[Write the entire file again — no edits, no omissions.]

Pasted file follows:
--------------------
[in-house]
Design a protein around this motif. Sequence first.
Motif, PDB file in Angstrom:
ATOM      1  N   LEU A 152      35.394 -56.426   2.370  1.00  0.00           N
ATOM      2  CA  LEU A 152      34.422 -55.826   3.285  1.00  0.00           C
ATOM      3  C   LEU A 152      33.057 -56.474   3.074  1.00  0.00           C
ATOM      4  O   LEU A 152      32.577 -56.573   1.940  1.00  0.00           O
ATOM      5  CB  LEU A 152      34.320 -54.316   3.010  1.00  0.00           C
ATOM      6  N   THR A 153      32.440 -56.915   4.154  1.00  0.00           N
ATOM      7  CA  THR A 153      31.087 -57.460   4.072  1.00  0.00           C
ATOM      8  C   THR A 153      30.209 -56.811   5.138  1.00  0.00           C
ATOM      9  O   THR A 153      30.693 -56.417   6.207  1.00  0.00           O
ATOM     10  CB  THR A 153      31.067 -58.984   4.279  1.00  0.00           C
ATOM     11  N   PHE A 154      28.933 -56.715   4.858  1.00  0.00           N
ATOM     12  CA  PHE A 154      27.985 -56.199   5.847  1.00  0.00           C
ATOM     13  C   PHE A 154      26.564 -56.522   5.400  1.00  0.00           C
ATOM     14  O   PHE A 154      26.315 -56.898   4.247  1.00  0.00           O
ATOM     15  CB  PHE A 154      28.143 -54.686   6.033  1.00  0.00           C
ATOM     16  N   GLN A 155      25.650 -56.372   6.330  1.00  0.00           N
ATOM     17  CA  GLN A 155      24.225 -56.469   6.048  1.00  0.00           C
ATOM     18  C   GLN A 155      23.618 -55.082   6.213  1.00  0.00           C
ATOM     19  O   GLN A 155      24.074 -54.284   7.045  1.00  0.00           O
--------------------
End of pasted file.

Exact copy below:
[in-house]
Design a protein around this motif. Sequence first.
Motif, PDB file in Angstrom:
ATOM      1  N   LEU A 152      35.394 -56.426   2.370  1.00  0.00           N
ATOM      2  CA  LEU A 152      34.422 -55.826   3.285  1.00  0.00           C
ATOM      3  C   LEU A 152      33.057 -56.474   3.074  1.00  0.00           C
ATOM      4  O   LEU A 152      32.577 -56.573   1.940  1.00  0.00           O
ATOM      5  CB  LEU A 152      34.320 -54.316   3.010  1.00  0.00           C
ATOM      6  N   THR A 153      32.440 -56.915   4.154  1.00  0.00           N
ATOM      7  CA  THR A 153      31.087 -57.460   4.072  1.00  0.00           C
ATOM      8  C   THR A 153      30.209 -56.811   5.138  1.00  0.00           C
ATOM      9  O   THR A 153      30.693 -56.417   6.207  1.00  0.00           O
ATOM     10  CB  THR A 153      31.067 -58.984   4.279  1.00  0.00           C
ATOM     11  N   PHE A 154      28.933 -56.715   4.858  1.00  0.00           N
ATOM     12  CA  PHE A 154      27.985 -56.199   5.847  1.00  0.00           C
ATOM     13  C   PHE A 154      26.564 -56.522   5.400  1.00  0.00           C
ATOM     14  O   PHE A 154      26.315 -56.898   4.247  1.00  0.00           O
ATOM     15  CB  PHE A 154      28.143 -54.686   6.033  1.00  0.00           C
ATOM     16  N   GLN A 155      25.650 -56.372   6.330  1.00  0.00           N
ATOM     17  CA  GLN A 155      24.225 -56.469   6.048  1.00  0.00           C
ATOM     18  C   GLN A 155      23.618 -55.082   6.213  1.00  0.00           C
ATOM     19  O   GLN A 155      24.074 -54.284   7.045  1.00  0.00           O